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2019 NHL Draft Profile: Yeah, yeah, we know Cole Caufield is short

This is a normal hockey player. Find a new slant.

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And we’ve moved right along to one of the flashier prospects on our list! It’s Cole Caufield! He’s coming off a historic season in the USDP, and also a historic tournament at the IIHF U18 tournament, indeed, he seems to be smashing scoring records at just about every opportunity

BSH 2019 Draft Profile: Cole Caufield

Position / Team: C/RW / U.S. National U18 Team “A”, USDP

2018-19 Statistics: 72 G, 28 A in 64 GP

Size: 5’7”, 157

Pre-draft rankings

No. 8 (North American skaters) by NHL Central Scouting

No. 12 by Future Considerations

No. 9 by ISS Hockey

No. 5 by Pronman/The Athletic

What’s there to like?

In short, there’s a whole lot to like. The most immediately apparent strength is his scoring touch. 72 goals in 64 games isn’t a typo, that’s his actual stat line. This kid can put the puck in the net, pure and simple.

How, you ask? The big key is his shot—somewhat unconventional in form, but it’s laser accurate and got quite a bit of power behind it, and has served him well in beating goalies cleanly. But it isn’t as though he’s just a sniper, and that’s it. Caufield has shown a strength in generating chances in bulk, making plays under pressure. His speed has proved a major asset here—he isn’t an absolute burner, but he’s a plus skater and has enough speed to create some space for himself, while also possessing the skill to handle the puck well when he gets up to speed. That makes for a difficult combination to slow down.

And this is where we have to acknowledge that yes, indeed he is small, but it hasn’t exactly proved to be a huge weakness of his, at least while he’s been playing against guys in his own age group. He’s obviously not the biggest guy out there, but there’s a certain tenacity in him, and you’re not too often seeing him getting pushed around. Apologies to the narratives on that one.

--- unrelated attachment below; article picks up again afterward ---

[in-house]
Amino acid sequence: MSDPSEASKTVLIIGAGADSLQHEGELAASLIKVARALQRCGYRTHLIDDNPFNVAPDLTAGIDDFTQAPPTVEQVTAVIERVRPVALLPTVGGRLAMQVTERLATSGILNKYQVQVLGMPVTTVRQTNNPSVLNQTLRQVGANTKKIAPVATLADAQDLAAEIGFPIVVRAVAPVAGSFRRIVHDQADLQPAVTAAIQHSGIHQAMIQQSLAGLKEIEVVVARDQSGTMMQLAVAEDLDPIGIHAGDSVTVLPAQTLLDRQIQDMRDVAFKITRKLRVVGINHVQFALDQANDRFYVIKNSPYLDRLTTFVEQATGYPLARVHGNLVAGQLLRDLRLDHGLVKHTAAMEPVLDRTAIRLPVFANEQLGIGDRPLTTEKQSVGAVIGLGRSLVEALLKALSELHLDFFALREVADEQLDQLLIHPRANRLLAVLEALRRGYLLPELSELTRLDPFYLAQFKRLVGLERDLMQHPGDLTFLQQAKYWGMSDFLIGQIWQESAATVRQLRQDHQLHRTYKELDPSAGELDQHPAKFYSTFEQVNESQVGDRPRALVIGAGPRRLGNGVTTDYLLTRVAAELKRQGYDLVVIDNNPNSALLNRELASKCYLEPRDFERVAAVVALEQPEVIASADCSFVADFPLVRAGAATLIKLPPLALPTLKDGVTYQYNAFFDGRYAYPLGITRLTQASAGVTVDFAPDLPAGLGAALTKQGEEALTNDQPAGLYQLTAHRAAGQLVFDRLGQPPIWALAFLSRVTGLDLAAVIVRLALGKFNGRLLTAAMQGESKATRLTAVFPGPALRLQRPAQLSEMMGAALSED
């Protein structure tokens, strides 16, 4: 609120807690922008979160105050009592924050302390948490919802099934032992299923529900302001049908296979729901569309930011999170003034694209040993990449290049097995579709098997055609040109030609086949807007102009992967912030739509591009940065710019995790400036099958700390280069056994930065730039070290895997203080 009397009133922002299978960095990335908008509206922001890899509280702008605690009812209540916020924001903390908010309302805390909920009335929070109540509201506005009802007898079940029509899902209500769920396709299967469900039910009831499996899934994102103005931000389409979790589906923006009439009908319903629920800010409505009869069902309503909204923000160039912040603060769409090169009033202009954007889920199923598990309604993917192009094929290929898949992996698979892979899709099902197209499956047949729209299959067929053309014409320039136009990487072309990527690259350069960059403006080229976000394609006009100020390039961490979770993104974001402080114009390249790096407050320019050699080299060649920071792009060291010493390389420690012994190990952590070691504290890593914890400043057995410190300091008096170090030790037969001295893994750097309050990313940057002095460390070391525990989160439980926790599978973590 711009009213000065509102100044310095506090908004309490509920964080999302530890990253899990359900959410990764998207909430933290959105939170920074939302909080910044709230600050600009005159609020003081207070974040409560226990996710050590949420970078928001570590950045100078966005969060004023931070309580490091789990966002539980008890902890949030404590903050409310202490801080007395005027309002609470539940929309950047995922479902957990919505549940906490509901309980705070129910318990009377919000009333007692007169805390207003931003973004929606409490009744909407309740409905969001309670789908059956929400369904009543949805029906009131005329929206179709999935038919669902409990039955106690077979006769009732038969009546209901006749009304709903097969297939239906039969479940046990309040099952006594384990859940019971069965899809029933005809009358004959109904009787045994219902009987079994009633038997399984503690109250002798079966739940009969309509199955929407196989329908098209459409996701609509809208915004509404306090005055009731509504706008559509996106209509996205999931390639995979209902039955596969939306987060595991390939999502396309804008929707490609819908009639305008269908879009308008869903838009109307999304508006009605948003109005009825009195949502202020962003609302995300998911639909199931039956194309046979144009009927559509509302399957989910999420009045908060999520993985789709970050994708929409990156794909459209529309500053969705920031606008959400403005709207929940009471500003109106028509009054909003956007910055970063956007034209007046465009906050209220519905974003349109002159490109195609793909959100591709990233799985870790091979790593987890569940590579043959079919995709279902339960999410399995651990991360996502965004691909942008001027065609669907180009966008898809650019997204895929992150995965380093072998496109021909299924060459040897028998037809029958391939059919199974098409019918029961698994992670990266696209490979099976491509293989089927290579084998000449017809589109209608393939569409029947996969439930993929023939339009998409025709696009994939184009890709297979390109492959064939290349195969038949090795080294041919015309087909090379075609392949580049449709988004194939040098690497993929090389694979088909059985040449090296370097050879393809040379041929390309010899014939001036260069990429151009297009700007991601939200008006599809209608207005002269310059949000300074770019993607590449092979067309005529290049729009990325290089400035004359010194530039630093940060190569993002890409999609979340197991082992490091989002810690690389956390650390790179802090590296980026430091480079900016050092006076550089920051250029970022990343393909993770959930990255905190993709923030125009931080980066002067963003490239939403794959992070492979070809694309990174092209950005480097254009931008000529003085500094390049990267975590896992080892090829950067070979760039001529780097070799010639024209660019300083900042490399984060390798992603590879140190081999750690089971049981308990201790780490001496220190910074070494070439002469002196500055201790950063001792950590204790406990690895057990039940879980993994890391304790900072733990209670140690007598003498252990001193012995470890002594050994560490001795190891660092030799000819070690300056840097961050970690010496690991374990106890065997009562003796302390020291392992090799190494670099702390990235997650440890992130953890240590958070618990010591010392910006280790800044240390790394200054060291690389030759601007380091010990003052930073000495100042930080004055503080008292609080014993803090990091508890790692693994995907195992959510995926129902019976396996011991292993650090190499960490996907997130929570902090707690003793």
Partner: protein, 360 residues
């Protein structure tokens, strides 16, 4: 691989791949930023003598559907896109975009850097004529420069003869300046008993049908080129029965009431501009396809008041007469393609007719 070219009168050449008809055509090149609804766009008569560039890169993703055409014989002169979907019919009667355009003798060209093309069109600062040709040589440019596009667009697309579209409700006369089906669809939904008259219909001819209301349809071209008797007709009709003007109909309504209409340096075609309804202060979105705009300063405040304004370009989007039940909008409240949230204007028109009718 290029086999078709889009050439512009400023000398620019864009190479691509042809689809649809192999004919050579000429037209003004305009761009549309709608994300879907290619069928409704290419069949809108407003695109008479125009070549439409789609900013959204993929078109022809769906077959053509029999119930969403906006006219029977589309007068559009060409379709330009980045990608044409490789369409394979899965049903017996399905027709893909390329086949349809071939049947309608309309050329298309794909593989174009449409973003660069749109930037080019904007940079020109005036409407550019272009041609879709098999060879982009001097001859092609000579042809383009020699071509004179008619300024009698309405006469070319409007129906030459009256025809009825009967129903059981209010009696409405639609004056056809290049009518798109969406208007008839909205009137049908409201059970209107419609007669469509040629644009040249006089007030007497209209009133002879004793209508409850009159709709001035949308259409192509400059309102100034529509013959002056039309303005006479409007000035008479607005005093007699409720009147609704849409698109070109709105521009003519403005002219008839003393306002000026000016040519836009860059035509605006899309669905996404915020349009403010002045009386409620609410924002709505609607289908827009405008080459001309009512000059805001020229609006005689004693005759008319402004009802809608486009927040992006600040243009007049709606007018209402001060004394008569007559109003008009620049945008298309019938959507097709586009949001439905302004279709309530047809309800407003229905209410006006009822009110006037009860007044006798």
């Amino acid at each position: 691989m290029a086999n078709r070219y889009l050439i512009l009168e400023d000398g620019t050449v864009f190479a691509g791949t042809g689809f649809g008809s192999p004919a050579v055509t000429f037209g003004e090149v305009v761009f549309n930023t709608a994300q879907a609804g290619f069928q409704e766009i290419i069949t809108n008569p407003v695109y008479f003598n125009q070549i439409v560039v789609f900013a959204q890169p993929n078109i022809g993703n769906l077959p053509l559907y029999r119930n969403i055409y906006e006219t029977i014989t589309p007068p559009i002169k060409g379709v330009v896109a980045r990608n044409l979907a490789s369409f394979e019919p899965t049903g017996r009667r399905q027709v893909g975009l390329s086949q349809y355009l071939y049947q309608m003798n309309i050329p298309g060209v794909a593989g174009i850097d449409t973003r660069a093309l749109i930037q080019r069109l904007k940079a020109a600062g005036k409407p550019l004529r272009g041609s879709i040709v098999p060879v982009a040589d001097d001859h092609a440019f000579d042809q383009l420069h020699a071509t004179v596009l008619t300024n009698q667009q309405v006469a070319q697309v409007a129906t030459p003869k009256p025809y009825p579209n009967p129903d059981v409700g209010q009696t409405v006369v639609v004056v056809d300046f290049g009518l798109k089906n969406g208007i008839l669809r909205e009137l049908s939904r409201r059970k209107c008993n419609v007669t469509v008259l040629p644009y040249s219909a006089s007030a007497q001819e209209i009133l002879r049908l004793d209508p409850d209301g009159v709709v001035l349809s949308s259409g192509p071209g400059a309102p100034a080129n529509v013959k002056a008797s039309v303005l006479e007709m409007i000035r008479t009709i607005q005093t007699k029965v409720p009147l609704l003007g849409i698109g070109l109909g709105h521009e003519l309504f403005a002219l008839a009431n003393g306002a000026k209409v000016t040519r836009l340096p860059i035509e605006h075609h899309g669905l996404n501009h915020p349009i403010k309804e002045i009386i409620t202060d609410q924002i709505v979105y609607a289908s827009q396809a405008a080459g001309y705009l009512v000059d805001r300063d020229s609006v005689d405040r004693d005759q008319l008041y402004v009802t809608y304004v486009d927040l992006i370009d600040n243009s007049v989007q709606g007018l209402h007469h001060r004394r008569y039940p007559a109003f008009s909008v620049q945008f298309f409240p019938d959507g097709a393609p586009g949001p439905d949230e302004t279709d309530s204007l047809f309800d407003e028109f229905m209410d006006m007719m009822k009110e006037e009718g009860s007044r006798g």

What’s not to like?

He’s small. And maybe you don’t actually care about that (personally, I’m not too fussed about it), but the concern about him being able to get strong enough and durable enough to hang at the NHL level is legitimate. He certainly would have something to prove, there.

But if you’re looking for other potential concerns, one would center around his defensive play. His play when his team is hemmed into their own end leaves something to be desired (which is fixable, certainly, but it also sounds a little scary when you think about how often the Flyers have fallen into the trap of doing, well, that).

And, of course, there’s the last detail that he’s played a lot alongside Objectively Good Hockey Player Jack Hughes, and one wonders how much of a dip his production might take if the two were separated. This isn’t a full piece worthy of disliking—Caufield’s individual skill seems enough that he would be able to drive positive results on his own—but it’s a question to keep in the back of your mind.

How would he fit in the Flyers’ system?

One of the big things we keyed in on about Caufield is that he scores goals, and we have long been saying that the Flyers could use a goal-scorer. They’re pretty well stocked with playmaking forwards, and now they need someone who can actually make something out of those plays. So this would make him a pretty exciting addition.

The Flyers’ prospect pool is a little weaker at right wing, so he wouldn’t have quite as many players to compete against for a future role in this position, especially if the Flyers go out this off-season and fill the 3RW vacancy with a shorter term option. It’s easier to see a path for him into the regular lineup than if he, say, only played center for his whole life and wasn’t super comfortable shifting to wing.

Could the Flyers actually get him?

This is tough. Because he’s made a huge jump in these rankings in just a few months, and it’s hard to look at a player who some people are projecting to go in the top 10 and think that he could fall to 11. Caufield put in some very good work at the U18s to raise his draft stock, and it may well have been enough to push himself into the top 10 and out of the Flyers’ reach.

That said, while we prospect watchers may look at a 5’7” player and think that his skills are the most important part of the equation and his height is just a detail, but all teams don’t seem to be quite that forward thinking. So it’s conceivable that teams could talk themselves out of picking him and go with a “safer” option, and then he could fall to the Flyers. And they would have to not talk themselves out of liking him.

If I had to guess, though, he’s selected before 11, but him falling to the Flyers certainly isn’t outside of the realm of possibilities.

Highlights

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